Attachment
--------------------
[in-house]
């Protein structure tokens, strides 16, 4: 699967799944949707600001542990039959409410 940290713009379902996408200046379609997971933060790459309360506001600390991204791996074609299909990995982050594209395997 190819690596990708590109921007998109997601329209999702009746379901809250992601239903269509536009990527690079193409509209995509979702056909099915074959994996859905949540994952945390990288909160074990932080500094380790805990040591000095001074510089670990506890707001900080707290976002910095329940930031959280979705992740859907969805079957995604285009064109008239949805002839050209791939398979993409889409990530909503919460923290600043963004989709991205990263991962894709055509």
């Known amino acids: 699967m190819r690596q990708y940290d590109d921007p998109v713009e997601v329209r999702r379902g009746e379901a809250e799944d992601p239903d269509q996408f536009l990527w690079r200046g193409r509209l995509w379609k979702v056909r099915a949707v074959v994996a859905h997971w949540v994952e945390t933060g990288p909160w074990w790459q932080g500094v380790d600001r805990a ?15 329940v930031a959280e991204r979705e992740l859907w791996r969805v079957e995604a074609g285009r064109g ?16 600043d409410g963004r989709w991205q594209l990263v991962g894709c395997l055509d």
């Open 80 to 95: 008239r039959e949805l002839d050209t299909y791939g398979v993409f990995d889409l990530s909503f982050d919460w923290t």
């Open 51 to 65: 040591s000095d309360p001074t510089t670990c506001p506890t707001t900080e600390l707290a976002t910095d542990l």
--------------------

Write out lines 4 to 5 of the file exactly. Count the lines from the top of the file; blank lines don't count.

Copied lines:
């Open 80 to 95: 008239r039959e949805l002839d050209t299909y791939g398979v993409f990995d889409l990530s909503f982050d919460w923290t």
């Open 51 to 65: 040591s000095d309360p001074t510089t670990c506001p506890t707001t900080e600390l707290a976002t910095d542990l």